A common meme percolating today goes like this: Republicans must just settle for Mitt Romney. He’s the only one who can beat Barack Obama. He is serious. The others aren’t. So let’s be pragmatic.
Interestingly, many of the folks advocating this narrative — which presumably would help Republicans defeat Obama — tend to not be terribly conservative. Perhaps they are well meaning?–but their motives are questionable. My suspicion is many of them would turn on Romney the moment he became the nominee. Regardless, let’s take their argument at face value and put this in a bit of historical perspective…
As far as I can tell, there were just two times in modern history when Republicans were anything other than pragmatic in picking a nominee: 1964 and in 1980. (There is a reason that the saying, “Democrats fall in love; Republicans fall in line” caught on — it has largely been true.)
In 1964, of course, Republicans nominated Barry Goldwater, who lost in a landslide. In 1980, they nominated Ronald Reagan who won in a landslide.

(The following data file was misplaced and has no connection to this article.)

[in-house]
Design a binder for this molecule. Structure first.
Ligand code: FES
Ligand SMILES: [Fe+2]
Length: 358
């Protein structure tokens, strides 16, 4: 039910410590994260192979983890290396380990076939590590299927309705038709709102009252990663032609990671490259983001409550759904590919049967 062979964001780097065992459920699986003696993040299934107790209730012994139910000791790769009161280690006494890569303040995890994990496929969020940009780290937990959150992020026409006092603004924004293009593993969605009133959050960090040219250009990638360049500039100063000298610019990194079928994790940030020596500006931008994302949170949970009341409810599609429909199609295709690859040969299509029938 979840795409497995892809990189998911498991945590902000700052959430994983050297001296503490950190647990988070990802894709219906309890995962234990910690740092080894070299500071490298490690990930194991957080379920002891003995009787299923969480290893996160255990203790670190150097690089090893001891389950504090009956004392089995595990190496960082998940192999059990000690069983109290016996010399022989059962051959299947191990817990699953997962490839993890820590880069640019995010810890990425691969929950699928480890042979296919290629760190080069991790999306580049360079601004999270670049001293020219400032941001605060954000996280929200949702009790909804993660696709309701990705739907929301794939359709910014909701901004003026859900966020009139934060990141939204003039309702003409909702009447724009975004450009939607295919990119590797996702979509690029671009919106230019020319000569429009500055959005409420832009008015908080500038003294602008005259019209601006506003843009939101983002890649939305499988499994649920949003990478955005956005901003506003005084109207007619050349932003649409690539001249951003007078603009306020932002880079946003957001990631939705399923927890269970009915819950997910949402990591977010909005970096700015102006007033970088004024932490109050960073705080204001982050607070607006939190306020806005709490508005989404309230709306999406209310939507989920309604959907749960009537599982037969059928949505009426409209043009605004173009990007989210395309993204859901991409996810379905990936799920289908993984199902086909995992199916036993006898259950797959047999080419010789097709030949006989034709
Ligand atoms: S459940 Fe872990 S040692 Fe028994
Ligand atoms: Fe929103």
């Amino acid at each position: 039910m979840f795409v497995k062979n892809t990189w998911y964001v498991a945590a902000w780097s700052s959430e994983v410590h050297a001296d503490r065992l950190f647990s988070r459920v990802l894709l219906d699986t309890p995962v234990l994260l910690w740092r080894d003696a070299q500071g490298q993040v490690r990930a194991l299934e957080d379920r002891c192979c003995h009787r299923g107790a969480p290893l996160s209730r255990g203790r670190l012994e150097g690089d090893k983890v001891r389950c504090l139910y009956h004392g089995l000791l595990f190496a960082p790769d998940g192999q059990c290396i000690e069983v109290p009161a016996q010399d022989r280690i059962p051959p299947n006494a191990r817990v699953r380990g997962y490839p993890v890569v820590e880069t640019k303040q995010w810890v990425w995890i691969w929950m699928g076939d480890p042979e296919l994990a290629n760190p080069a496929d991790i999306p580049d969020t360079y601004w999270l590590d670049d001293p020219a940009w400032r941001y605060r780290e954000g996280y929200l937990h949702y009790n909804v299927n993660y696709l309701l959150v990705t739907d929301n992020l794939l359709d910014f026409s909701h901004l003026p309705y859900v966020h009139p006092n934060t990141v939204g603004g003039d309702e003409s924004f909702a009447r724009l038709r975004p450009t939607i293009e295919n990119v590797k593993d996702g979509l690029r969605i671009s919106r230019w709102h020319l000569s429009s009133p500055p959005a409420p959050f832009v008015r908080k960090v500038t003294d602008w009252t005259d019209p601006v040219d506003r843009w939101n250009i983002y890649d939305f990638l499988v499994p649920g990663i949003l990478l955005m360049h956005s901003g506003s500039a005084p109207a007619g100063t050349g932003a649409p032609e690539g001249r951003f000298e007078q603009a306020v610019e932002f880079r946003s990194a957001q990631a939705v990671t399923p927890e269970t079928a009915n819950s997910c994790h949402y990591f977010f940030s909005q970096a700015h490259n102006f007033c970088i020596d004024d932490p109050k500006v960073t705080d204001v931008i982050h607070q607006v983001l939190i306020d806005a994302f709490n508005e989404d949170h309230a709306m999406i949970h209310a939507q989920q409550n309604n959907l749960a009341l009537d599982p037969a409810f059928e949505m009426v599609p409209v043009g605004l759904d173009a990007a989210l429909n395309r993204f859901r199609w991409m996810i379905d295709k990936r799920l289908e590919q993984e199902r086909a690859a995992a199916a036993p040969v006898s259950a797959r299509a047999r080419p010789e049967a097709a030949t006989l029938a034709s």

This is not to say Republicans or conservatives always held their noses and sacrificed their dreams on the altar of electability — many conservatives supported George W. Bush. But make no mistake, he was also the pragmatic choice (just as Bob Dole was the pragmatic choice in 1996 and George H.W. Bush was the pragmatic choice in 1988.)
Reagan’s election was obviously a huge success for the GOP and conservatism — and Goldwater’s defeat — one could argue — planted the seeds for Reagan. (To be sure, there are no Ronald Reagan’s running this year. On the other hand, going the pragmatic route hasn’t always worked out, either. Republicans have nominated safe moderates who have gone on to lose.)
The lesson, perhaps, is that Republican voters typically do settle on the pragmatic nominee — and they may do so again this year. But on the rare occasions — when they have tried the quixotic thing (despite the hand-wringing) — conservatism has arguably gained more from the experience. It’s hard to predict how things ultimately shake out in the end. In politics, sometimes you win when you lose and sometimes you lose when you win.